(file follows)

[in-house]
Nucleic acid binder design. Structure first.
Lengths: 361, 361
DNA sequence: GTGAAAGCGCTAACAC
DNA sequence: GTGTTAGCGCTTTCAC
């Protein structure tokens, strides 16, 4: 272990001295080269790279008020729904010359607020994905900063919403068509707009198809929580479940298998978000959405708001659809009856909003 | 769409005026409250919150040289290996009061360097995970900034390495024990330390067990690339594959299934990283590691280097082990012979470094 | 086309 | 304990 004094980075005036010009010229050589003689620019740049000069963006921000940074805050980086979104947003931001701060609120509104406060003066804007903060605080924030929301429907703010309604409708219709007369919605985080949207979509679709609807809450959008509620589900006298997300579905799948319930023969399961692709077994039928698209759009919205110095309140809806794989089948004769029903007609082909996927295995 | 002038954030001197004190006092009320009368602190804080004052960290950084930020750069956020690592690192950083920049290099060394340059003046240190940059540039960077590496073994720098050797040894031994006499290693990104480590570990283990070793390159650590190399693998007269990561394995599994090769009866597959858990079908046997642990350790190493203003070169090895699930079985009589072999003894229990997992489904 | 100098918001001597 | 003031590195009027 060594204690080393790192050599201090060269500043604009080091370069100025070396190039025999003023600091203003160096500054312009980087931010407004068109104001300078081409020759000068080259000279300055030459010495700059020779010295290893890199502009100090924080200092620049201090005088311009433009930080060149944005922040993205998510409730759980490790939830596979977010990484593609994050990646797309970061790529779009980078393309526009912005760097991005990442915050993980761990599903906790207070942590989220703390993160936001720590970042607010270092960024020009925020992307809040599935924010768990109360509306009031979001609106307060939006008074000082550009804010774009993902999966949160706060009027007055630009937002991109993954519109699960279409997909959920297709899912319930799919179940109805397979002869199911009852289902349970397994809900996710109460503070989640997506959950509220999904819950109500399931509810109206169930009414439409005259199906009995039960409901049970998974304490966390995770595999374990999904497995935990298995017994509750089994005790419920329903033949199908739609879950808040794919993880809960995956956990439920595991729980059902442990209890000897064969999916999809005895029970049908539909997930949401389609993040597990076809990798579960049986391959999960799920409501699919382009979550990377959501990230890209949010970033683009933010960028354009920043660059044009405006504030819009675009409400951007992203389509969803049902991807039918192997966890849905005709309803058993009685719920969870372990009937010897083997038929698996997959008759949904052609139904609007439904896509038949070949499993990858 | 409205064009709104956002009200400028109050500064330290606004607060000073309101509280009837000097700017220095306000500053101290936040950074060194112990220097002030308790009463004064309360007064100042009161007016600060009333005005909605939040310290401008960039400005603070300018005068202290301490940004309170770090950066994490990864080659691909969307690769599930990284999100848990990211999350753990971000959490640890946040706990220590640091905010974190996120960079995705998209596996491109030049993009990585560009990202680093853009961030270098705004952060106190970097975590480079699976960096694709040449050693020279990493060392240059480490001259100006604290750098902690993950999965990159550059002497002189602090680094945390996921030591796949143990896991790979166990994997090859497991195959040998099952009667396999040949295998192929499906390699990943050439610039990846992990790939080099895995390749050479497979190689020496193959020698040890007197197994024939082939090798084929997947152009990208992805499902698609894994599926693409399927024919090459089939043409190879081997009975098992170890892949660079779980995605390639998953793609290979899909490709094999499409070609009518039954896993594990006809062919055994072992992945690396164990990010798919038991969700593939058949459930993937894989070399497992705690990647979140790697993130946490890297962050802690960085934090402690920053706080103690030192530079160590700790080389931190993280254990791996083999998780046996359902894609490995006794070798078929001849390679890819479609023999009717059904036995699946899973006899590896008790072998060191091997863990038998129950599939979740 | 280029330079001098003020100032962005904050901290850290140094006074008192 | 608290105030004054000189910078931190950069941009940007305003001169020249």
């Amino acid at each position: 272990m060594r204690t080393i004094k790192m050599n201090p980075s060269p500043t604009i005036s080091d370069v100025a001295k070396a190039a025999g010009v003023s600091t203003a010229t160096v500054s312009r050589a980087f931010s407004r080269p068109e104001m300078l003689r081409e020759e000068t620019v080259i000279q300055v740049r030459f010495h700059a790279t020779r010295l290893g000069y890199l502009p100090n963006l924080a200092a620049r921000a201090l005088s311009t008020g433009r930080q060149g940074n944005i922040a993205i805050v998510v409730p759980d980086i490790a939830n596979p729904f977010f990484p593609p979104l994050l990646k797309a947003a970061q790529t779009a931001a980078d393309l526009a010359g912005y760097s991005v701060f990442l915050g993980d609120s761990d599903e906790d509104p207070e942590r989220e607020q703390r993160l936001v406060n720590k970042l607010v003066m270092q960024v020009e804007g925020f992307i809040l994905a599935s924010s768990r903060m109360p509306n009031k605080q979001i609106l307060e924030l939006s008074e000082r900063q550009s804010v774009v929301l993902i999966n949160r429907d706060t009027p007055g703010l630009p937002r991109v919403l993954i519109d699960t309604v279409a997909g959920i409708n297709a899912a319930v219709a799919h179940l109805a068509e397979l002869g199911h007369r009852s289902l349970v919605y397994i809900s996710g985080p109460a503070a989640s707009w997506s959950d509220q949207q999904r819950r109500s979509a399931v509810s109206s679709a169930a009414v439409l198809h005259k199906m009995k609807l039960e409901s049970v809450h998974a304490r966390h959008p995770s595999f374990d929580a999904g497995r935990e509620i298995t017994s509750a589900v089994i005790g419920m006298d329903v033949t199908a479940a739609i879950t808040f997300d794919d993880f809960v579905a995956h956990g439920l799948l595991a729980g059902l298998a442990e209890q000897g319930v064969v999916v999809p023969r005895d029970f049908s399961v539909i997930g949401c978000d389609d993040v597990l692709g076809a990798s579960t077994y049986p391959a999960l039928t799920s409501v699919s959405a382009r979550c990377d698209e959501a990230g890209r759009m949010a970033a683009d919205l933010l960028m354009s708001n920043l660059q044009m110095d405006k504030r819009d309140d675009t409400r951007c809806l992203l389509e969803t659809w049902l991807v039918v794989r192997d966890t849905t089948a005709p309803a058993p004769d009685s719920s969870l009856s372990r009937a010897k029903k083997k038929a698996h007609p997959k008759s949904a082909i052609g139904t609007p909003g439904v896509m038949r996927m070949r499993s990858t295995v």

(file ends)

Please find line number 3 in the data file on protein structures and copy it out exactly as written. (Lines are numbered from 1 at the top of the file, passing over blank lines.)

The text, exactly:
Lengths: 361, 361